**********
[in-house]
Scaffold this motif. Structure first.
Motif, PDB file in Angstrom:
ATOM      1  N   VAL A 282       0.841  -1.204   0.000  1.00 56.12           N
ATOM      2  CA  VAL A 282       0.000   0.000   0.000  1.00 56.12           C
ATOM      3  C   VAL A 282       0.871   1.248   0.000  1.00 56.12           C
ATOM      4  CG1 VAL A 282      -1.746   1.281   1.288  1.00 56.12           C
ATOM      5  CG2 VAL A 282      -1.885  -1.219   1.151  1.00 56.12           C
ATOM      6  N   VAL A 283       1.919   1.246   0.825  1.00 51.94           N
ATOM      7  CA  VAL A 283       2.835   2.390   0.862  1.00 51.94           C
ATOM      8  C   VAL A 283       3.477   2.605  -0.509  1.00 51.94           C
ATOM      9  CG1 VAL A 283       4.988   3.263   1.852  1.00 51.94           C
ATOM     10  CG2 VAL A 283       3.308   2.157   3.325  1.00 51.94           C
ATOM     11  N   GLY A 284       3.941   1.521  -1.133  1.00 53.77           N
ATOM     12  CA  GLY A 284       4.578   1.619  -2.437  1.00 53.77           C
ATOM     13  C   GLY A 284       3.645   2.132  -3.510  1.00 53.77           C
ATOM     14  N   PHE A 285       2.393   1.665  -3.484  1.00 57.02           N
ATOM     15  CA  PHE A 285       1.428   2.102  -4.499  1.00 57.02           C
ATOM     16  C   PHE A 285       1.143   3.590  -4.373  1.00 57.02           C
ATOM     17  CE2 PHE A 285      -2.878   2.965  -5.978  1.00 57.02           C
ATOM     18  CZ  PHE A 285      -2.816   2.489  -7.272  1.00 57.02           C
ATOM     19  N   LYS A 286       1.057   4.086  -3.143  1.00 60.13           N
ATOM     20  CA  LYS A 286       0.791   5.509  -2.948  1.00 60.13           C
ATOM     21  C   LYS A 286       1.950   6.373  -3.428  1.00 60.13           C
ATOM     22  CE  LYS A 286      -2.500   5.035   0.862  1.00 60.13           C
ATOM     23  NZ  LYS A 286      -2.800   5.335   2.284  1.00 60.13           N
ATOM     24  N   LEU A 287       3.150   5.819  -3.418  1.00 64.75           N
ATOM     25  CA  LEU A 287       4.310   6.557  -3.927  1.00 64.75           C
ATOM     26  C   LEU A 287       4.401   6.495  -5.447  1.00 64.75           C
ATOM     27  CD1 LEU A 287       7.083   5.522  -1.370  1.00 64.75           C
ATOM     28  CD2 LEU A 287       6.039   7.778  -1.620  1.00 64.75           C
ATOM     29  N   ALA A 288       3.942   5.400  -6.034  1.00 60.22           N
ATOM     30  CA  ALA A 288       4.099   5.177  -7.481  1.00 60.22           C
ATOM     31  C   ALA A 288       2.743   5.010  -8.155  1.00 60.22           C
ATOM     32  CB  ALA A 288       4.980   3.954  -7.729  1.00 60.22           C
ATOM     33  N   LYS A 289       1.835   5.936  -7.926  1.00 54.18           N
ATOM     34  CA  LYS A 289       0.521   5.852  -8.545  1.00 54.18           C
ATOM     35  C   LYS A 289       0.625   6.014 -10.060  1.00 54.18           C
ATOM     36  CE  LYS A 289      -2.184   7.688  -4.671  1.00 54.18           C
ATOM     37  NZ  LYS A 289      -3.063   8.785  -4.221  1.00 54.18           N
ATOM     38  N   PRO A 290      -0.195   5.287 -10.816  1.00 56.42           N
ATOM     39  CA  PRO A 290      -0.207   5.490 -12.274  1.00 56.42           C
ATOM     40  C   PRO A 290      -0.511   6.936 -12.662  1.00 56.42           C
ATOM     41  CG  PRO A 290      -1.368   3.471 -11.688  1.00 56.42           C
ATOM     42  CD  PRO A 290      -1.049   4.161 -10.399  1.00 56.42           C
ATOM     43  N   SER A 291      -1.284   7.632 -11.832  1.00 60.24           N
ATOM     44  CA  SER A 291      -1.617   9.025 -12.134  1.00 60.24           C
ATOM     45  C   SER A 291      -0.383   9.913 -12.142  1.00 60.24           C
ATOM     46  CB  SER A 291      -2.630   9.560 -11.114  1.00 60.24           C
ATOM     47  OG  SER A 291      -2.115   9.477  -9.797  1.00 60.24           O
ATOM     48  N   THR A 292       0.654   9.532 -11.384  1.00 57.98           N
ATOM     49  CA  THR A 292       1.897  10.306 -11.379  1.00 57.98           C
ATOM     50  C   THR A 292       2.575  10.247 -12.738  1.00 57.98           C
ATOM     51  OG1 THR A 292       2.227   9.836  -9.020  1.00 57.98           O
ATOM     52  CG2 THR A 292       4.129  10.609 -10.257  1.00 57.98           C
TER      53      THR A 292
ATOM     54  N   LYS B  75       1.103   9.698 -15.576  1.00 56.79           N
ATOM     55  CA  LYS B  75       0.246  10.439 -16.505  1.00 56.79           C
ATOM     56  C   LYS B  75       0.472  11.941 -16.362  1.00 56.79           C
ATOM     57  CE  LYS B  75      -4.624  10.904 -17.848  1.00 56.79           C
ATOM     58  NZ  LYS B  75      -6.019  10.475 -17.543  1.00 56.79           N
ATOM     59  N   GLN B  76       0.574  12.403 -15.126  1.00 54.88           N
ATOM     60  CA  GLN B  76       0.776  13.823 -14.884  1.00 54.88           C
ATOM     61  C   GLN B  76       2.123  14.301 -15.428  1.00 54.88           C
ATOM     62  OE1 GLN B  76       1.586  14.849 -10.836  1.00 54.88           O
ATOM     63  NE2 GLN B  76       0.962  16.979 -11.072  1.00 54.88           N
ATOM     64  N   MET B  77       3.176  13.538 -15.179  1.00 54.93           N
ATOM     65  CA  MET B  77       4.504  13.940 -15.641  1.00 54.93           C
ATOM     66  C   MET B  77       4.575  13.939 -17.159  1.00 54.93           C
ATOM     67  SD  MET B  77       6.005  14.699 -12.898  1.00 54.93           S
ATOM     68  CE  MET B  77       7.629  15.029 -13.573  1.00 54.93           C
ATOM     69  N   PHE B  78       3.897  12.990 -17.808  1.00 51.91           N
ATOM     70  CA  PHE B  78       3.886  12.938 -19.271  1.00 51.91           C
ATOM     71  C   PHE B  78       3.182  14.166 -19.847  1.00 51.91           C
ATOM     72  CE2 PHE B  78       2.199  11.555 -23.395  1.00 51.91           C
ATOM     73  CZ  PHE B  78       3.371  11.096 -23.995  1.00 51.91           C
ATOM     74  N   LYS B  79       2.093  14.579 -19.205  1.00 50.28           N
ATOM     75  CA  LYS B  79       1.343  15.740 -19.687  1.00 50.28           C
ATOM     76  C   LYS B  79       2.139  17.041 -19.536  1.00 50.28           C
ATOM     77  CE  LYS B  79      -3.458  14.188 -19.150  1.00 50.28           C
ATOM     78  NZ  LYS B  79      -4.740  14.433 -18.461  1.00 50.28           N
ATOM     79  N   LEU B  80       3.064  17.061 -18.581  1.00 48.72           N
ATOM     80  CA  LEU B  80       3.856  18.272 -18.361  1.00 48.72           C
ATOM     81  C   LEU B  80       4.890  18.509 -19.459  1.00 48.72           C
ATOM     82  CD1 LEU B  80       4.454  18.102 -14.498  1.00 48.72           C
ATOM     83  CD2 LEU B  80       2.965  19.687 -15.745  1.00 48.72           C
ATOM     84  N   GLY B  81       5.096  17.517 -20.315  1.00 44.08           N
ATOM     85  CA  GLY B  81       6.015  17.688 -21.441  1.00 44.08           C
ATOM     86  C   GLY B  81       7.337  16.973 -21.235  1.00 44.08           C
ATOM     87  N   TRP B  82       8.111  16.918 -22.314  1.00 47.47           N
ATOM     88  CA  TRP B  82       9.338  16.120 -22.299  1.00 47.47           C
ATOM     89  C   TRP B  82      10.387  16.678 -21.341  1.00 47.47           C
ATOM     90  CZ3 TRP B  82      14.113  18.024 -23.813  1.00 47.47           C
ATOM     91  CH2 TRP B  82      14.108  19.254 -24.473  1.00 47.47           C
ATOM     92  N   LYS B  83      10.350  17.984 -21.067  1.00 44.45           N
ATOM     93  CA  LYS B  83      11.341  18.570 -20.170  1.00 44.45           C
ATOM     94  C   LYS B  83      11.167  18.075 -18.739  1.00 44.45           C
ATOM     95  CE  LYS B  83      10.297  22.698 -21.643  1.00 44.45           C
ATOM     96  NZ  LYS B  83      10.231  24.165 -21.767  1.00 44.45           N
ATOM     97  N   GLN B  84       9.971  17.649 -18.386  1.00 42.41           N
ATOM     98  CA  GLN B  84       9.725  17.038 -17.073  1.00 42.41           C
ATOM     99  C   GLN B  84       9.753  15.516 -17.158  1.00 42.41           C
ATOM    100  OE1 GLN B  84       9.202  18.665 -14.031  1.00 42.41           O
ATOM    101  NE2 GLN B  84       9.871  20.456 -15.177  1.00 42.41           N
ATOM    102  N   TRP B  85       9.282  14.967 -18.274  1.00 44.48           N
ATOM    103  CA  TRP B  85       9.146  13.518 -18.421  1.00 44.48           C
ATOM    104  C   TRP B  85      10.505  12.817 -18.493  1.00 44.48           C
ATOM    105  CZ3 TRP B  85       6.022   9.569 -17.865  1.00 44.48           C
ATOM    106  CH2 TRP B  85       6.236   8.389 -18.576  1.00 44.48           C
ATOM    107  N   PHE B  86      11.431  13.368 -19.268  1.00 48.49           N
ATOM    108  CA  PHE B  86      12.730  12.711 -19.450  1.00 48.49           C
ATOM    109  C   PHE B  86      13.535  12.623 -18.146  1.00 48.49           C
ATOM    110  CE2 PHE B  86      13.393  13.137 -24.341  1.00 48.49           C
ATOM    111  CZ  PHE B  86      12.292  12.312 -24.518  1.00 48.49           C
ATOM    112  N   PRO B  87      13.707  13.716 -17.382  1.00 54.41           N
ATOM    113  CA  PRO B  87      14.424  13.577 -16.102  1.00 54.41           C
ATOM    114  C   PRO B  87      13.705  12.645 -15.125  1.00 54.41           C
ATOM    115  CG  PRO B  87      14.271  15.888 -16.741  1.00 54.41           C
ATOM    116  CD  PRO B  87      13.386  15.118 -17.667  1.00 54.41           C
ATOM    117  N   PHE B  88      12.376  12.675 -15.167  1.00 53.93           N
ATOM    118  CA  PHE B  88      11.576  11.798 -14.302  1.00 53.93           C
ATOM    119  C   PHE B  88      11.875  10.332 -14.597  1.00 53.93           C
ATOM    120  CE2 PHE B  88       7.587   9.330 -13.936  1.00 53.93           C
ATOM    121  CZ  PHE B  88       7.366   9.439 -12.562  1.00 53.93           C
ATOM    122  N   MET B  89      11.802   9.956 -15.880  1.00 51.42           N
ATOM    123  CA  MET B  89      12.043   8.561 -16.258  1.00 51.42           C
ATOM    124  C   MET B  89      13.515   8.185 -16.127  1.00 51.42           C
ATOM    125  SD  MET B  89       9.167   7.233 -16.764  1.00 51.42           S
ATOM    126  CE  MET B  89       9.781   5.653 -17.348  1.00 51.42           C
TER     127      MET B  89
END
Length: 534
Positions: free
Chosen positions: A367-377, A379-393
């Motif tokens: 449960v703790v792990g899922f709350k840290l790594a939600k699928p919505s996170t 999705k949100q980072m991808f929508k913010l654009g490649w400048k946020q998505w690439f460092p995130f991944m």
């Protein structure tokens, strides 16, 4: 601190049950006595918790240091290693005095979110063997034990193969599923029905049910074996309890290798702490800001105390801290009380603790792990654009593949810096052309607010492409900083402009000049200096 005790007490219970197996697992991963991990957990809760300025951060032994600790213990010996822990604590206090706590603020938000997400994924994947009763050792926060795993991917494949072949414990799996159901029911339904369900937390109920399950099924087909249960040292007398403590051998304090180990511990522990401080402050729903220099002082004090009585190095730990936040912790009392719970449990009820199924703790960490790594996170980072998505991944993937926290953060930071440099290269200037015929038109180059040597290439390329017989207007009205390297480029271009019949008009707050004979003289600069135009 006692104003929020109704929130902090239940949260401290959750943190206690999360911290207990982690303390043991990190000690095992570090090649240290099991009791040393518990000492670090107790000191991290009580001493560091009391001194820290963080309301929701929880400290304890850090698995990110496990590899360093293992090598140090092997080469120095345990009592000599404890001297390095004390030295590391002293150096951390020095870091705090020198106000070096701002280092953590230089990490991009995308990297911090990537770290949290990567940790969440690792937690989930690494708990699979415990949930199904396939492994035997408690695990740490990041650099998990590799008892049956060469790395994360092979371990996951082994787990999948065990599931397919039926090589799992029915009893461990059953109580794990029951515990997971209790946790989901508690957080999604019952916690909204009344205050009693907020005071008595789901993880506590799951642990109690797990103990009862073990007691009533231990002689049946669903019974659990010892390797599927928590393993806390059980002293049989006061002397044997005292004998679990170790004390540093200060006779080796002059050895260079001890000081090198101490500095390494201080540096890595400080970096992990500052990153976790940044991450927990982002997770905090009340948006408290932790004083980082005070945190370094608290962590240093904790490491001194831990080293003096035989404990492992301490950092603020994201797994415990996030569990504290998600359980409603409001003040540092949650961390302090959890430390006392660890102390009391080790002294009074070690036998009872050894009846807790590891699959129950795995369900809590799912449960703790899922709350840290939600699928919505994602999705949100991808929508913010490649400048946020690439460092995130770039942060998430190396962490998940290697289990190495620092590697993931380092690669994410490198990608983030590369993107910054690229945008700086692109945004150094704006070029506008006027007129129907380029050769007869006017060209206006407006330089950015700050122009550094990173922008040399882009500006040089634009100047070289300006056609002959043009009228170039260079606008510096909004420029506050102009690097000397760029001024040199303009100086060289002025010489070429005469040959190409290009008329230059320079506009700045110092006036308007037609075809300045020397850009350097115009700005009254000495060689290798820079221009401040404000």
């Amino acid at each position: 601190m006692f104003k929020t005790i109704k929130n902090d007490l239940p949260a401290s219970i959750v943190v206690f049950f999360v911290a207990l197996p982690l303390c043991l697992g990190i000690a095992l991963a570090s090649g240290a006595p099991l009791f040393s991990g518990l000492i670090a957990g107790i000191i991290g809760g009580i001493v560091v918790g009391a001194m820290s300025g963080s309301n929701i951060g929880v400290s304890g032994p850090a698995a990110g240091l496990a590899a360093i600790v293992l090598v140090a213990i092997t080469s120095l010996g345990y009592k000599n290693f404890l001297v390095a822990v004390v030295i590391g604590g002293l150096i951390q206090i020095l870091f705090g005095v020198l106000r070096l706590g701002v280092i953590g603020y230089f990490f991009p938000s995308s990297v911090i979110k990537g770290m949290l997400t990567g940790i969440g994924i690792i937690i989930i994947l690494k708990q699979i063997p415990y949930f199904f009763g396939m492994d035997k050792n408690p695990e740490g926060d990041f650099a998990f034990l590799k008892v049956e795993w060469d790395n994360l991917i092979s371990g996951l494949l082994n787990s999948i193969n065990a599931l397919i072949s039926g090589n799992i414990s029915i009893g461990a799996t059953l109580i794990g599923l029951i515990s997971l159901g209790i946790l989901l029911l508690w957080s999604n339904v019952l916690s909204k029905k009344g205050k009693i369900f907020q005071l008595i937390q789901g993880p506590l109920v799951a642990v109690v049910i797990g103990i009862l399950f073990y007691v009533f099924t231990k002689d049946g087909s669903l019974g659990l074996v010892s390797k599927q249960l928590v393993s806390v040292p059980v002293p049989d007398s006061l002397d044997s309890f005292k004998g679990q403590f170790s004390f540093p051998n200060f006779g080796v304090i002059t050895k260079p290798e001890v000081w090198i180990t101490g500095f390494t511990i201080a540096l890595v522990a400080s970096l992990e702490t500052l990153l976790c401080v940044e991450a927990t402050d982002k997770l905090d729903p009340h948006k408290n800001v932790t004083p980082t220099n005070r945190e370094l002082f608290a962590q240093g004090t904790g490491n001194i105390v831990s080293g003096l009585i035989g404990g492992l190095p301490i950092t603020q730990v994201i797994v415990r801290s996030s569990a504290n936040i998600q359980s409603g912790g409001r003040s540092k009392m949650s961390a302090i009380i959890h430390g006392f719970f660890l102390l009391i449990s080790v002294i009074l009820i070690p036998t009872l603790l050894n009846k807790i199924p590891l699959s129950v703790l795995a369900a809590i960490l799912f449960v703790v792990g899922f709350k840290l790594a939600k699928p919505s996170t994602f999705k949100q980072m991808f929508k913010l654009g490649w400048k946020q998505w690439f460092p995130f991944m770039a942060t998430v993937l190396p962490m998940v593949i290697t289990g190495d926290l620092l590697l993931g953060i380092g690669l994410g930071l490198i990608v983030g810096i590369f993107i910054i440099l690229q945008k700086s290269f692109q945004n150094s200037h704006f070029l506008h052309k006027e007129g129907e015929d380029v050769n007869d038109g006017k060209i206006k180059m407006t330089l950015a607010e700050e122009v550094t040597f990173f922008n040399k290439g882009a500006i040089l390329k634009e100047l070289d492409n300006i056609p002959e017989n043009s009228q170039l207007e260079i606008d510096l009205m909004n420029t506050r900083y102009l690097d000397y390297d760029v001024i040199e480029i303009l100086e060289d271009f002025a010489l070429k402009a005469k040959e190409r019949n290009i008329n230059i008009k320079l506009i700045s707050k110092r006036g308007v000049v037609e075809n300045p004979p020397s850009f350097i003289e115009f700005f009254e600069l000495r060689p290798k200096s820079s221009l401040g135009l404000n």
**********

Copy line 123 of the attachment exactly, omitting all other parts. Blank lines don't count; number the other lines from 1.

ATOM    120  CE2 PHE B  88       7.587   9.330 -13.936  1.00 53.93           C